Most of the time the physician who makes the diagnosis of prostate cancer is the urologist. It is important to work with the urologist as you put together your team for treatment and support. Specialists involved in the treatment and management of prostate cancer are noted below.

Urologist

Radiation Oncologist

A radiation oncologist is a highly trained physician specializing in the treatment of prostate cancer using the various types of radiation approved to treat the disease.

Medical Oncologist

Primary Care Physician

Oncology Social Worker

Palliative Care Specialist

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Diarrhea Flatulence Or Painful Defecation

These symptoms usually occur after the second or third week of treatment. Symptoms will resolve after the treatment ends. During radiation, dietary modification usually helps reduce the frequency and severity of diarrhea. Try to avoid or reduce fried foods, greasy foods and highly spiced foods. Reduce foods with insoluble fiber, such as lettuce and cauliflower, and increase low-fiber and soluable-fiber foods, such as bananas, mashed potatoes, applesauce, white rice, canned or cooked fruits and vegetables.

Maintain your intake of lean proteins, such as turkey, chicken and fish, and increase your fluid intake to avoid dehydration. Using moist toilet paper, baby wipes or sitz baths may help relieve rectal irritation. Your doctor may recommend anti-diarrheal medications. Contact your doctor if you see blood in your stool, if the diarrhea worsens or if you become light-headed or dizzy.

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Tiffany Barrett Ms Rd Cso Ld

Which is Better – Surgery vs. Radiation for Prostate Cancer?
  • Nutrition Advisor
  • Ms. Barrett leads the nutritional services team at all Winship locations providing personalized nutrition advice to patients who are undergoing cancer treatment.
  • Manager of Winship Dietitians, Winship Cancer Institute of Emory University
  • Dr. Bausum supports patients with cancer by incorporating a variety of integrative medicine tools alongside patients’ conventional oncology care regimens.
  • Integrative Oncology Specialist, Winship Cancer Institute of Emory University

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Causes And Risk Factors

About 14 percent of men are at risk for prostate cancer. Approximately 5 to 10 percent of prostate cancers are hereditary. Other prostate cancers can have underlying environmental causes or can be caused by a combination of environment and genetics.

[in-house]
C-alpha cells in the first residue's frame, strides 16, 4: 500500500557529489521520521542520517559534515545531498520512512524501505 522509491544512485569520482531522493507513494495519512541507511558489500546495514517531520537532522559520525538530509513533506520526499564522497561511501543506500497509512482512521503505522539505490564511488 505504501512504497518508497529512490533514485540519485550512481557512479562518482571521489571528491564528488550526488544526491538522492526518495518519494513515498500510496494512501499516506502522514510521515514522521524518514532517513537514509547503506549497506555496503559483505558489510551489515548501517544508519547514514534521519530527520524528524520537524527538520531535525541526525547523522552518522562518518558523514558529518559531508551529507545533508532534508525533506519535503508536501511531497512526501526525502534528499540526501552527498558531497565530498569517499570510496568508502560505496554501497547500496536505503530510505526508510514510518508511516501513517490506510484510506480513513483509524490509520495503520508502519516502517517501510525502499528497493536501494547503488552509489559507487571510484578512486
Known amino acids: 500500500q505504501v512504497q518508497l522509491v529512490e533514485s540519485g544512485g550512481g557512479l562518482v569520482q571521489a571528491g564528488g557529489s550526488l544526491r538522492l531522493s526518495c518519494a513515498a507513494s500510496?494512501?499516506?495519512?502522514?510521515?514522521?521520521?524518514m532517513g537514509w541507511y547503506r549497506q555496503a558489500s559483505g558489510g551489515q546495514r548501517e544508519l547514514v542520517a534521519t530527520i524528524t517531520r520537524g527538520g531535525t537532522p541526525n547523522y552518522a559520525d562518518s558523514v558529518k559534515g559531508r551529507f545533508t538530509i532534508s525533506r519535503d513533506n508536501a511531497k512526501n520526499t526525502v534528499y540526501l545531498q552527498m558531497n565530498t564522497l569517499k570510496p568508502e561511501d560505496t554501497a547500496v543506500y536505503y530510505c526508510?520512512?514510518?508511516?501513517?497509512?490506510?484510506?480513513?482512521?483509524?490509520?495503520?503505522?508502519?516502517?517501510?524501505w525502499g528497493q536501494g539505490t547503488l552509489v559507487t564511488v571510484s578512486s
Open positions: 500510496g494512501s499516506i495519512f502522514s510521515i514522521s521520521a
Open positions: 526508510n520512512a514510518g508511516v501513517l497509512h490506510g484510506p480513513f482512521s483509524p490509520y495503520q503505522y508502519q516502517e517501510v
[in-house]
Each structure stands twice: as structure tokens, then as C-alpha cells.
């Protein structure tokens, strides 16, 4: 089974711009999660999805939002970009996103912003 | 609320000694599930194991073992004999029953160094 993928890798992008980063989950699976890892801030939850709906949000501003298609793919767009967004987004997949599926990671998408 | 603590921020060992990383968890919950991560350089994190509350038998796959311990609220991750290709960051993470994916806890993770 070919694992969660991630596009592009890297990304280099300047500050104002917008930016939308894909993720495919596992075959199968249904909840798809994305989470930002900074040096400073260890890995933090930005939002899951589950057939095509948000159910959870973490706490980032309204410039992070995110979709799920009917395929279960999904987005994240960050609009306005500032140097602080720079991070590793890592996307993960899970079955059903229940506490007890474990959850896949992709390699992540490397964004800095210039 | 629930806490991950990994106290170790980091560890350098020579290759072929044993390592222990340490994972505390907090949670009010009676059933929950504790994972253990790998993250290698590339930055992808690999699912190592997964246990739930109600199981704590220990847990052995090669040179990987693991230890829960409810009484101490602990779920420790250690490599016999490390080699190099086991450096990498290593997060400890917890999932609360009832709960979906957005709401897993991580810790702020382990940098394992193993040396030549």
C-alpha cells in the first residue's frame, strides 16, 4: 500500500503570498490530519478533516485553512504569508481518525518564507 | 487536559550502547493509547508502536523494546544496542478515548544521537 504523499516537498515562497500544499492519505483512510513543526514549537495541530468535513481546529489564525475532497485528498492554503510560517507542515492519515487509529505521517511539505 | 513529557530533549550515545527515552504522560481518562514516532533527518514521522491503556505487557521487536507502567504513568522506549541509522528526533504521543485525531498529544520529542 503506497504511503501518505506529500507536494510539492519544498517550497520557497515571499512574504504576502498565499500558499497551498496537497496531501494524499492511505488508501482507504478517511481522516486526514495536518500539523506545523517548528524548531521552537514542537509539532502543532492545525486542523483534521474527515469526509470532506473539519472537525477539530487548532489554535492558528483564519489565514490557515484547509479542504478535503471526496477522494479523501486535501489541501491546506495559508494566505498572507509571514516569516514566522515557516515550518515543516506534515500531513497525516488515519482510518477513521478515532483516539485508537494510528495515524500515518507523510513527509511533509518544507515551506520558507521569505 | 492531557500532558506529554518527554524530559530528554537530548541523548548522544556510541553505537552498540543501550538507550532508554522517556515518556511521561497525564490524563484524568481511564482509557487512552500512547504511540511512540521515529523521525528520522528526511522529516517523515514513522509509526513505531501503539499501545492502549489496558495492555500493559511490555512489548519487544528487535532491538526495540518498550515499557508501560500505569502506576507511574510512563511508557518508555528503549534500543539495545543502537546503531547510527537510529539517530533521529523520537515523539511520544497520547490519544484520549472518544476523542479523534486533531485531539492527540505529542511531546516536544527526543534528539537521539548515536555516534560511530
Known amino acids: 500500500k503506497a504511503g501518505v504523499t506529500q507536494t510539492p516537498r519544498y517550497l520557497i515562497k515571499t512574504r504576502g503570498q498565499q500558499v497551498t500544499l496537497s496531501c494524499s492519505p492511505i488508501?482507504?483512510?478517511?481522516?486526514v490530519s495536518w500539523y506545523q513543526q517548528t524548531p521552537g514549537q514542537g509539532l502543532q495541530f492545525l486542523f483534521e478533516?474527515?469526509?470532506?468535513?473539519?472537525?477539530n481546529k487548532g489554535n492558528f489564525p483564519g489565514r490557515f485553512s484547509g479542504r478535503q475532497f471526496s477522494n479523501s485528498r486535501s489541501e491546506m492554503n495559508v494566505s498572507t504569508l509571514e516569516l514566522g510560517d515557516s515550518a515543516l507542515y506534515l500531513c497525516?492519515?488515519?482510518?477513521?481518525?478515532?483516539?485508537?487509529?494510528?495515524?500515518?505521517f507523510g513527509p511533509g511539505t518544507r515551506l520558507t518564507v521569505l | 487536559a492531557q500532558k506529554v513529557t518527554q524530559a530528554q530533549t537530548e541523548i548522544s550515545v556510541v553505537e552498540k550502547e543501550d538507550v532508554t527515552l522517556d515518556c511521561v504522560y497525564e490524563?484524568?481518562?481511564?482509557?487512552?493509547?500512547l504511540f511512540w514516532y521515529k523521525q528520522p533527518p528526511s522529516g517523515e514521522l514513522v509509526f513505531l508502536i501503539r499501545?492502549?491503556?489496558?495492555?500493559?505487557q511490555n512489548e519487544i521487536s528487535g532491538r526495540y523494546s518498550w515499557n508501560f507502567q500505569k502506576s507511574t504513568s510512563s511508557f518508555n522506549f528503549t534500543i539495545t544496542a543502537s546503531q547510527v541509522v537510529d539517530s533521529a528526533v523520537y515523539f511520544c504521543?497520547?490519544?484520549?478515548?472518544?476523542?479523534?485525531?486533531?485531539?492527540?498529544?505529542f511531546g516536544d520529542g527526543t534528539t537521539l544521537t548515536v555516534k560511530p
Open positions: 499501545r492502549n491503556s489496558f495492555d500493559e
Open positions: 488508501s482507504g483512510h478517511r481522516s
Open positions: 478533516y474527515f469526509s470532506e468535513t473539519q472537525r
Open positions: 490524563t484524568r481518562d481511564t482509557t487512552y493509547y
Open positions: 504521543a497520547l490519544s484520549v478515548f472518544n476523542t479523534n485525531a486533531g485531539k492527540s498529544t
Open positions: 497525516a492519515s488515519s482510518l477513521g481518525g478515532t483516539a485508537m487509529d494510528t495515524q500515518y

Family history is the most common risk factor for prostate cancer. Other risk factors such as obesity, smoking, prostatitis, and vasectomy have been suggested to increase the link for prostate cancer. However, a definite association has not been proven.

Patients should speak with a genetic counselor or their doctors for more details about these risk factors and protective factors that might reduce the risk for prostate cancers, as well as screening and preventive options.

Remission And The Chance Of Recurrence

A remission is when cancer cannot be detected in the body and there are no symptoms. This may also be called having no evidence of disease or NED.

A remission can be temporary or permanent. This uncertainty causes many people to worry that the cancer will come back. Although there are treatments to help prevent a recurrence, such as hormonal therapy and radiation therapy, it is important to talk with your doctor about the possibility of the cancer returning. There are tools your doctor can use, called nomograms, to estimate someone’s risk of recurrence. Understanding your risk of recurrence and the treatment options may help you feel more prepared if the cancer does return. Learn more about coping with the fear of recurrence.

In general, following surgery or radiation therapy, the PSA level in the blood usually drops. If the PSA level starts to rise again, it may be a sign that the cancer has come back. If the cancer returns after the original treatment, it is called recurrent cancer.

When this occurs, a new cycle of testing will begin again to learn as much as possible about the recurrence, including where the recurrence is located. The cancer may come back in the prostate , in the tissues or lymph nodes near the prostate , or in another part of the body, such as the bones, lungs, or liver . Sometimes the doctor cannot find a tumor even though the PSA level has increased. This is known as a PSA recurrence or biochemical recurrence.